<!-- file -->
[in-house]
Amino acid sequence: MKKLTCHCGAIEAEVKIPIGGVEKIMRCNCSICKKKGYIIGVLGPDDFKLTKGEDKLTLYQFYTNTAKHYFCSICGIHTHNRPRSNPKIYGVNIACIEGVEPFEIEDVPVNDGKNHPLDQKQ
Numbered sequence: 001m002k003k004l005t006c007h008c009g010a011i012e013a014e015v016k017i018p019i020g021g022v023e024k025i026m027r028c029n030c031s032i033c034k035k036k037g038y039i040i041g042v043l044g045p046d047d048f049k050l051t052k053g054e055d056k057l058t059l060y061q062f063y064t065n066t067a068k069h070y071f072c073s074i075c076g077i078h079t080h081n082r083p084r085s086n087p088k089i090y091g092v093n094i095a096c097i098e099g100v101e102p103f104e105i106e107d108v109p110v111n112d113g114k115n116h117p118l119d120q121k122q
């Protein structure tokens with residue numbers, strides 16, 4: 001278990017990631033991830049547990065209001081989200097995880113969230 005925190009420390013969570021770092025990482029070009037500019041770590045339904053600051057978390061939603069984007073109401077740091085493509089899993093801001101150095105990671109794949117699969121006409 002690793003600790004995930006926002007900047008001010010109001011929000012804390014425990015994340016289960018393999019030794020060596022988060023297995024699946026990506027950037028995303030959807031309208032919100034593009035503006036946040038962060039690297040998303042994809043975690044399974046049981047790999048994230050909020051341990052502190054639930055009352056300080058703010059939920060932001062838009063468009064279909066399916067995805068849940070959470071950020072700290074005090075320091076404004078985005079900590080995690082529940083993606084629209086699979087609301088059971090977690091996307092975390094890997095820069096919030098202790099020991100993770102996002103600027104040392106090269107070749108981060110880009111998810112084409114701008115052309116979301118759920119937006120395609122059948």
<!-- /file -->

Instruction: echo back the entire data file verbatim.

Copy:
[in-house]
Amino acid sequence: MKKLTCHCGAIEAEVKIPIGGVEKIMRCNCSICKKKGYIIGVLGPDDFKLTKGEDKLTLYQFYTNTAKHYFCSICGIHTHNRPRSNPKIYGVNIACIEGVEPFEIEDVPVNDGKNHPLDQKQ
Numbered sequence: 001m002k003k004l005t006c007h008c009g010a011i012e013a014e015v016k017i018p019i020g021g022v023e024k025i026m027r028c029n030c031s032i033c034k035k036k037g038y039i040i041g042v043l044g045p046d047d048f049k050l051t052k053g054e055d056k057l058t059l060y061q062f063y064t065n066t067a068k069h070y071f072c073s074i075c076g077i078h079t080h081n082r083p084r085s086n087p088k089i090y091g092v093n094i095a096c097i098e099g100v101e102p103f104e105i106e107d108v109p110v111n112d113g114k115n116h117p118l119d120q121k122q
């Protein structure tokens with residue numbers, strides 16, 4: 001278990017990631033991830049547990065209001081989200097995880113969230 005925190009420390013969570021770092025990482029070009037500019041770590045339904053600051057978390061939603069984007073109401077740091085493509089899993093801001101150095105990671109794949117699969121006409 002690793003600790004995930006926002007900047008001010010109001011929000012804390014425990015994340016289960018393999019030794020060596022988060023297995024699946026990506027950037028995303030959807031309208032919100034593009035503006036946040038962060039690297040998303042994809043975690044399974046049981047790999048994230050909020051341990052502190054639930055009352056300080058703010059939920060932001062838009063468009064279909066399916067995805068849940070959470071950020072700290074005090075320091076404004078985005079900590080995690082529940083993606084629209086699979087609301088059971090977690091996307092975390094890997095820069096919030098202790099020991100993770102996002103600027104040392106090269107070749108981060110880009111998810112084409114701008115052309116979301118759920119937006120395609122059948």